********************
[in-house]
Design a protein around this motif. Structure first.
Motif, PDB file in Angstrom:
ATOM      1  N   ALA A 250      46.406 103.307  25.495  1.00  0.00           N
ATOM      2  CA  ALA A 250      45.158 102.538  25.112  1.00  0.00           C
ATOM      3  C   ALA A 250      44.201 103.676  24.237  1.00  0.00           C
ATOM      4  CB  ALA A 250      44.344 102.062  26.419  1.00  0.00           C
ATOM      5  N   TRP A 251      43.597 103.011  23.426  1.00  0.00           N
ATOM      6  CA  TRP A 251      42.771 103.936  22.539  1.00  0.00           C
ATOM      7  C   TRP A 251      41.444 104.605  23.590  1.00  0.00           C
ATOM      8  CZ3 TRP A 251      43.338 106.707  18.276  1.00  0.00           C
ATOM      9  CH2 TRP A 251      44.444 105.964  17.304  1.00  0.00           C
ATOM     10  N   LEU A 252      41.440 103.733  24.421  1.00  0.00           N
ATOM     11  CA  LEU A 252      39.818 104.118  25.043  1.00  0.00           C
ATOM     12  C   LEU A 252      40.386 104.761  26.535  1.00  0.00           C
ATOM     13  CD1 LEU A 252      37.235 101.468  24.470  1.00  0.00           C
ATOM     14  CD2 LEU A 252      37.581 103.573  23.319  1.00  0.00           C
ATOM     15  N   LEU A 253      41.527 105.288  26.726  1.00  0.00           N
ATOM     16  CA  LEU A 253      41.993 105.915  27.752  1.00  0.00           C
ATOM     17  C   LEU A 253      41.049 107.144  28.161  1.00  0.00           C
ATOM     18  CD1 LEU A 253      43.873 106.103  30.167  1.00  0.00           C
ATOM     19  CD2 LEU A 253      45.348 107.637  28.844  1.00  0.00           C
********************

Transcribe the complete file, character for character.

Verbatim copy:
[in-house]
Design a protein around this motif. Structure first.
Motif, PDB file in Angstrom:
ATOM      1  N   ALA A 250      46.406 103.307  25.495  1.00  0.00           N
ATOM      2  CA  ALA A 250      45.158 102.538  25.112  1.00  0.00           C
ATOM      3  C   ALA A 250      44.201 103.676  24.237  1.00  0.00           C
ATOM      4  CB  ALA A 250      44.344 102.062  26.419  1.00  0.00           C
ATOM      5  N   TRP A 251      43.597 103.011  23.426  1.00  0.00           N
ATOM      6  CA  TRP A 251      42.771 103.936  22.539  1.00  0.00           C
ATOM      7  C   TRP A 251      41.444 104.605  23.590  1.00  0.00           C
ATOM      8  CZ3 TRP A 251      43.338 106.707  18.276  1.00  0.00           C
ATOM      9  CH2 TRP A 251      44.444 105.964  17.304  1.00  0.00           C
ATOM     10  N   LEU A 252      41.440 103.733  24.421  1.00  0.00           N
ATOM     11  CA  LEU A 252      39.818 104.118  25.043  1.00  0.00           C
ATOM     12  C   LEU A 252      40.386 104.761  26.535  1.00  0.00           C
ATOM     13  CD1 LEU A 252      37.235 101.468  24.470  1.00  0.00           C
ATOM     14  CD2 LEU A 252      37.581 103.573  23.319  1.00  0.00           C
ATOM     15  N   LEU A 253      41.527 105.288  26.726  1.00  0.00           N
ATOM     16  CA  LEU A 253      41.993 105.915  27.752  1.00  0.00           C
ATOM     17  C   LEU A 253      41.049 107.144  28.161  1.00  0.00           C
ATOM     18  CD1 LEU A 253      43.873 106.103  30.167  1.00  0.00           C
ATOM     19  CD2 LEU A 253      45.348 107.637  28.844  1.00  0.00           C